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a norse coat for glynis

When our friend Glynis (Baroness Tangwystl) was put on vigil for becoming a Pelican in the Society for Creative Anachronism  (SCA), several of us set to work on a new set of Norse garb for her elevation. For, having spent years hand sewing garb for countless other people (the very reason she was being elevated to this service peerage), and working on no less than eight pieces of new garb at the time she was put on vigil,  Glynis had . . .  nothing decent to wear.

She found some gorgeous green wool flannel in our friend Baroness Letitia’s stash, cut out pieces for a Norse coat, and handed them over to me. It took me about a week to hand sew the seams, and then I started in on the seam finishing, which I did by turning the edges of the seams under and stitching them down with a running stitch.

detail of seam finish on glynis' norse coat

 

The side gore seams:

detail of seam finish on glynis' norse coat

 

And the underarm gussets:

inside of underarm gusset on glynis' norse coat

 

The hand stitching went smoothly, but I felt daunted by the task of embellishing the coat. Glynis wanted an appliqued acanthus vine with embroidered edges, and gave me some deep yellow wool for the applique.  But my experiments proved the green wool flannel too light for a heavier wool applique, so I decided to embroider the whole vine instead. I spent a lot of time looking at Pinterest for ideas and techniques, and was inspired by this tutorial by opusanglicanum.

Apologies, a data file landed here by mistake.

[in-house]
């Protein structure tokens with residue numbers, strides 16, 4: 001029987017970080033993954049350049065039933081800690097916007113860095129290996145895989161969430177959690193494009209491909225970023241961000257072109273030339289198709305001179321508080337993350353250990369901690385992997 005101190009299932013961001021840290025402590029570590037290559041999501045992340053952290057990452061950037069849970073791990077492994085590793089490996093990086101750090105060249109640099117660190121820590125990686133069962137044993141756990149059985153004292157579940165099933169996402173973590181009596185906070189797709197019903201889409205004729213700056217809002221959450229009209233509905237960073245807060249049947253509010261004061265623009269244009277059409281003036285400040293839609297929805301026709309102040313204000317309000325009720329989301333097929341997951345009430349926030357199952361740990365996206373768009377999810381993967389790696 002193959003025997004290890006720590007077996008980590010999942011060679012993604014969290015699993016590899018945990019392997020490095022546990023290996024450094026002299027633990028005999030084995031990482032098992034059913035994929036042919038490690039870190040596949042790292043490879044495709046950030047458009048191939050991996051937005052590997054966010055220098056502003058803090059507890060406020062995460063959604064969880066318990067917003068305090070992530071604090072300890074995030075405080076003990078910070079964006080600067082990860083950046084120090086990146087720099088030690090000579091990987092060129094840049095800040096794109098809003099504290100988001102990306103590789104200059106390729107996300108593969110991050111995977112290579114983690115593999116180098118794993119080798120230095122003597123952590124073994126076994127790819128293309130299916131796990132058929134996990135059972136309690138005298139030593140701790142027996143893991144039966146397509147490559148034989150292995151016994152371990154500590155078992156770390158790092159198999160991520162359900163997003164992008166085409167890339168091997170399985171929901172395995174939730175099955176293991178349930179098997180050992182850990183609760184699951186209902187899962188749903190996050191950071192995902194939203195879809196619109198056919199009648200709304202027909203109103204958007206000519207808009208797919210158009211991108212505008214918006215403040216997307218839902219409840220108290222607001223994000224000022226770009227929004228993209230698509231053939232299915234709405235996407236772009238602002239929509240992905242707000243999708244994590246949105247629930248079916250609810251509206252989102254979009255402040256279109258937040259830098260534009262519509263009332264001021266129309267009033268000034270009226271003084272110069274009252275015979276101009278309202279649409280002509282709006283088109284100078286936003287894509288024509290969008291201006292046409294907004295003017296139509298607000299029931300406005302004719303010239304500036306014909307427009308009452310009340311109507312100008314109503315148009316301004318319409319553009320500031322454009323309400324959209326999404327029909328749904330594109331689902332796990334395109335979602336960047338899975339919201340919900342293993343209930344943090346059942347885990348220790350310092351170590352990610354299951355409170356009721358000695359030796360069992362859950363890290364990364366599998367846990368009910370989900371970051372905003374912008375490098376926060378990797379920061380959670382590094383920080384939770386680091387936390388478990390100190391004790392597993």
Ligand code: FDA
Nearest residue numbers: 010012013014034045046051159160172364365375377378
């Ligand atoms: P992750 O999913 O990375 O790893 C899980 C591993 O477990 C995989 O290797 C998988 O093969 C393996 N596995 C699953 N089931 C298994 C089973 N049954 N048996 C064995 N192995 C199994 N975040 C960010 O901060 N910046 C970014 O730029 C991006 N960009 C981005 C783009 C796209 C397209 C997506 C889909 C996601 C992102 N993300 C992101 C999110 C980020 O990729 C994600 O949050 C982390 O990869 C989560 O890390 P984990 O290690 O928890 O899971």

underarm gusset on glynis' norse coat

 

It took me hours of fussing to draft the vine pattern on paper to fit the piece. Copying it free-hand, I chalked the main vine directly on to the garment, planning to free-hand stitch the curls and “leaves.”

design sketched in chalk on glynis' norse coat

 

Glynis found some gorgeous cashmere merino wool yarn in deep burgundy at The Beehive Wool Shop in Victoria. I learned to do the stem stitch after reading this tutorial by Sarah, and got to work.  After free-handing a few dozen curls and leaves, I found myself re-doing too many of the ones that didn’t look quite right. I finally chalked in the curls and leaves too. That made the embroidery go faster!

base of acanthus vine embroidery on glynis' norse coat

 

Needed contrasting yarn to complete the vine, I chose a merino wool blend at The Beehive that would match the linen trim on the Norse apron Glynis would be wearing under the coat. I tacked the bars and stem stitched the buds.

completed acanthus vine embroidery on glynis' norse coat

 

It took me about 35 hours to embroider the whole coat with the acanthus vine. I plan to get it back at some point to do a Vandyke stitch on all the seams to reinforce them. I also made a cap but embroidered that with only a simple chain stitch so that it would not compete with Glynis’ coronet.

acanthus vine embroidery on glynis' norse coat

 

I was really pleased with the results, as was Glynis, newest Pelican in the Kingdom of An Tir!

mistress glynis in her new norse coat and garb

 

 

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